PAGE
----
What is deemed criminal can vary greatly from country to country. In some countries, for example, speaking out for human rights is considered criminal, whereas in other countries preventing free speech is a crime. The punishments for crimes are also very different, but usually include various forms of imprisonment or hardship, financial penalties and, in a number of countries, physical pain. In some countries, crimes that the government considers very serious are punished by executing the person who committed the crime.

    The death penalty fulfills a preventive function, but it is also very clearly a form of revenge. It is an especially severe form of punishment because it is so final. The human life is ended and the executed person is deprived of the opportunity to change, to restore the harm done or compensate for it.

    Before advocating execution we should consider whether criminals are intrinsically negative and harmful people or whether they will remain perpetually in the same state of mind in which they committed their crime or not. The answer, I believe, is definitely not.

    However horrible the act they have committed, I believe that everyone has the potential to improve and correct themselves. Therefore, I am optimistic that it remains possible to deter criminal activity, and prevent such harmful consequences of such acts in society, without having to resort to the death penalty.

    My overriding belief is that it is always possible for criminals to improve and that by its very finality the death penalty contradicts this.

    Therefore, I support those organizations and individuals who are trying to bring an end to the use of the death penalty.

    Today, in many societies very little importance is placed on education or the development of human values through social programs and entertainment. In fact, if we take television programming as an example, violence, including killing, is regarded as having a high entertainment value. This is indicative of how misguided we have become.

    I believe human beings are not violent by nature. Unlike lions and tigers, we are not naturally equipped to kill with sharp teeth and claws.

    From a Buddhist viewpoint, I believe that the basic nature of every sentient being is pure, that the deeper nature of mind is something pure. Human beings become violent because of negative thoughts which arise as a result of their environment and circumstances.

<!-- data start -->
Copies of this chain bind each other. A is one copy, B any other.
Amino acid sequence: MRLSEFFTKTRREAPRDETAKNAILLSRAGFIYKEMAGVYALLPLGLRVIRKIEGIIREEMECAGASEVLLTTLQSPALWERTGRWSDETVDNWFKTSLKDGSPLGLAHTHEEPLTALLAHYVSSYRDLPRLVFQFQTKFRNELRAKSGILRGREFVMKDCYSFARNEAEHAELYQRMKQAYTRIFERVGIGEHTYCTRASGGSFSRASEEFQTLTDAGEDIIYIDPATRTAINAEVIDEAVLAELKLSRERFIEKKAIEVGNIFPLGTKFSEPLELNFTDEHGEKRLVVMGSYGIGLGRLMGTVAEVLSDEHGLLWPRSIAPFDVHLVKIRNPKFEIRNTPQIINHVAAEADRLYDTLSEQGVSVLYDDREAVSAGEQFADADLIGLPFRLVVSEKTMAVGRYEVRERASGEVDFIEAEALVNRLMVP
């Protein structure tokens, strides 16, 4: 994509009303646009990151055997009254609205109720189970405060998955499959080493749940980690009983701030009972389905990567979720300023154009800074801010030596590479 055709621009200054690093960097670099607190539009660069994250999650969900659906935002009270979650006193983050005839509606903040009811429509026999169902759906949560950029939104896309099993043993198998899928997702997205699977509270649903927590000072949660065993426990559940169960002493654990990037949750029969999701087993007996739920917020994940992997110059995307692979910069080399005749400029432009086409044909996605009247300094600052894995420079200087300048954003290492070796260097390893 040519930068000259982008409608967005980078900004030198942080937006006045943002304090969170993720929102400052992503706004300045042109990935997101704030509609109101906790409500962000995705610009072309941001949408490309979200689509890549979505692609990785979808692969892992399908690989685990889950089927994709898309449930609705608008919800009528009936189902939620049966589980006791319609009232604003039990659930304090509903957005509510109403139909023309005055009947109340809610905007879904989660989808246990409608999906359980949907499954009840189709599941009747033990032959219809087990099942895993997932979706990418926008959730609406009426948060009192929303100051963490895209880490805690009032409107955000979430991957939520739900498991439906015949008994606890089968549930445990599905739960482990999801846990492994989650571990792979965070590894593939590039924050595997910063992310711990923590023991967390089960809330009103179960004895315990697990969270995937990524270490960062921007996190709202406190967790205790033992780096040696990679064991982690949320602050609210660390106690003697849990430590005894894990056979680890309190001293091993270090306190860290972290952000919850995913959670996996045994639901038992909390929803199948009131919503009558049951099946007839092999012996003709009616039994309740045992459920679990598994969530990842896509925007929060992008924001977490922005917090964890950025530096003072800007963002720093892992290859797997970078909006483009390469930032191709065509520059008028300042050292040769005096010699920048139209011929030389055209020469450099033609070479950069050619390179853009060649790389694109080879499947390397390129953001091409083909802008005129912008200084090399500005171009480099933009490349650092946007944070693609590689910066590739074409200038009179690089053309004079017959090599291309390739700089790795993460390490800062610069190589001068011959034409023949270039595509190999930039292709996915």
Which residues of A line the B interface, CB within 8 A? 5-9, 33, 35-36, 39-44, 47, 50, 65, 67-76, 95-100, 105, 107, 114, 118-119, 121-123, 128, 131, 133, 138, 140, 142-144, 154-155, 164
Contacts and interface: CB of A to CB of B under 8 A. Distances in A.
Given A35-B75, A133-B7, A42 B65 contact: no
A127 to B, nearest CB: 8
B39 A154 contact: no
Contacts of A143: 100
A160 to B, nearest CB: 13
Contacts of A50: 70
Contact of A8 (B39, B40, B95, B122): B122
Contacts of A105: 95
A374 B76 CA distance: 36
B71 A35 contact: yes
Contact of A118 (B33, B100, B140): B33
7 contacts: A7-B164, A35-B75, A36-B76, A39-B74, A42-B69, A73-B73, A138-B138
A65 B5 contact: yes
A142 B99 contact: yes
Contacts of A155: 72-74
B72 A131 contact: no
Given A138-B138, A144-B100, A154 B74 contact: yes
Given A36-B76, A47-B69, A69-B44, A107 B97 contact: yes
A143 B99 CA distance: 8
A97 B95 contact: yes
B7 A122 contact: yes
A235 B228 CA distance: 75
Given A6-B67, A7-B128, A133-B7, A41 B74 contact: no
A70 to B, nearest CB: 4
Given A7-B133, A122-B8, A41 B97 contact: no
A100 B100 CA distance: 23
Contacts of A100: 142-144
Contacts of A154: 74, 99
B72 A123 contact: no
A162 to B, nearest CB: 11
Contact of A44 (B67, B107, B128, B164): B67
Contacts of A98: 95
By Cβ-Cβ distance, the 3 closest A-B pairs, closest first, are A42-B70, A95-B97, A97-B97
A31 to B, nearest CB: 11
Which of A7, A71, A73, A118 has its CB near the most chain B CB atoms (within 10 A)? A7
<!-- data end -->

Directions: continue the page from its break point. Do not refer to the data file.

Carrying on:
I wholeheartedly support an appeal to those countries who at present employ the death penalty to observe an unconditional moratorium. At the same time we should give more support to education and encourage a greater sense of universal responsibility. We need to explain the importance of the practice of love and compassion for our own survival and to try to minimize those conditions which foster murderous tendencies, such as the proliferation of weapons in our societies. These are things even private individuals can work towards.

    Emphasis by the editor.


    Victor Hugo (1802-1885)

      "I vote for the pure, simple and definitive abolition of death penalty..."
      " is, for me, a deep and old conviction"

          15th September 1848
          Assemblée Constituante, Paris.

      In fact, the first movement has been an instinctive reaction of horror, anxiety and disgust. Sensation led to conviction, and conviction to the involvement in favour of he Abolition.

    Listen to the relation of Adele, Victor Hugo's wife, in her biography titled :

    "Victor Hugo raconté par un témoin de sa vie"
    (Victor Hugo related by a witness of his life).

    The scene occurs in 1812 in Burgos, Spain. The young Victor, ten years old, is on the way to join his father who is a General of the Napoléon's army.

    "A big crowd passed in front of the house. Victor, with his mother and brother, followed the crowd. They arrived to a square and saw a wood stage that was surmounted by a pal. They asked : "What is this?" and the answer was : "a scaffold on which a man will be garrotted". They were scared by this idea and run as fast as their legs could carry them. They met a brotherhood of penitents wearing cowls with two holes in the place of their eyes. This glances without visage looked gloomily for the children. Among these "ghosts", there was a man bound on a donkey. His back was turned towards the head of the animal. This man was stupefied by terror. Some priests presented him a crucifix, and he kissed it without looking at.